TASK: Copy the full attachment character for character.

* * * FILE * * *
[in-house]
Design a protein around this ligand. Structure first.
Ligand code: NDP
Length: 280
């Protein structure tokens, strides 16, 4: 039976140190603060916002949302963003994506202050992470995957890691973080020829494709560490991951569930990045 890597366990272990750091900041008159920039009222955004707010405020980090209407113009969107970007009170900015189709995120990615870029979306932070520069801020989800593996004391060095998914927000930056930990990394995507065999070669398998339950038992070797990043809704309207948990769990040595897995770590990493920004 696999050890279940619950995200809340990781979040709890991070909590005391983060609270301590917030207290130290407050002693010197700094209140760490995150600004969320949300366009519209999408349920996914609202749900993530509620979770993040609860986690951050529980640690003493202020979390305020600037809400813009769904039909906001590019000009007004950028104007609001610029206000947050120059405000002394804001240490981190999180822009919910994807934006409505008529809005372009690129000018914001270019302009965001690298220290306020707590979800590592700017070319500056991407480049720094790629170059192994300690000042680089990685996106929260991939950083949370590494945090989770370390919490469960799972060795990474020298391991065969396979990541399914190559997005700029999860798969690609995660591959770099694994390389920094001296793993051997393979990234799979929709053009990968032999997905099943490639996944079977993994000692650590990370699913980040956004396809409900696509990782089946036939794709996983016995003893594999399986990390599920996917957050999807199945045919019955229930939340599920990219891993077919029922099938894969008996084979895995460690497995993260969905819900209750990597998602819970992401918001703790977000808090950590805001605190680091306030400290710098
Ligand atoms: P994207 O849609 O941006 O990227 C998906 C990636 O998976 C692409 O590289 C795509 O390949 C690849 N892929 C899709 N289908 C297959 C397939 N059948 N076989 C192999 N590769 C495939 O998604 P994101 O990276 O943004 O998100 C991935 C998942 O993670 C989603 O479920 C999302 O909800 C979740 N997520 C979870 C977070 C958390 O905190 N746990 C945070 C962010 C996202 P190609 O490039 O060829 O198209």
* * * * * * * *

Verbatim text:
[in-house]
Design a protein around this ligand. Structure first.
Ligand code: NDP
Length: 280
């Protein structure tokens, strides 16, 4: 039976140190603060916002949302963003994506202050992470995957890691973080020829494709560490991951569930990045 890597366990272990750091900041008159920039009222955004707010405020980090209407113009969107970007009170900015189709995120990615870029979306932070520069801020989800593996004391060095998914927000930056930990990394995507065999070669398998339950038992070797990043809704309207948990769990040595897995770590990493920004 696999050890279940619950995200809340990781979040709890991070909590005391983060609270301590917030207290130290407050002693010197700094209140760490995150600004969320949300366009519209999408349920996914609202749900993530509620979770993040609860986690951050529980640690003493202020979390305020600037809400813009769904039909906001590019000009007004950028104007609001610029206000947050120059405000002394804001240490981190999180822009919910994807934006409505008529809005372009690129000018914001270019302009965001690298220290306020707590979800590592700017070319500056991407480049720094790629170059192994300690000042680089990685996106929260991939950083949370590494945090989770370390919490469960799972060795990474020298391991065969396979990541399914190559997005700029999860798969690609995660591959770099694994390389920094001296793993051997393979990234799979929709053009990968032999997905099943490639996944079977993994000692650590990370699913980040956004396809409900696509990782089946036939794709996983016995003893594999399986990390599920996917957050999807199945045919019955229930939340599920990219891993077919029922099938894969008996084979895995460690497995993260969905819900209750990597998602819970992401918001703790977000808090950590805001605190680091306030400290710098
Ligand atoms: P994207 O849609 O941006 O990227 C998906 C990636 O998976 C692409 O590289 C795509 O390949 C690849 N892929 C899709 N289908 C297959 C397939 N059948 N076989 C192999 N590769 C495939 O998604 P994101 O990276 O943004 O998100 C991935 C998942 O993670 C989603 O479920 C999302 O909800 C979740 N997520 C979870 C977070 C958390 O905190 N746990 C945070 C962010 C996202 P190609 O490039 O060829 O198209």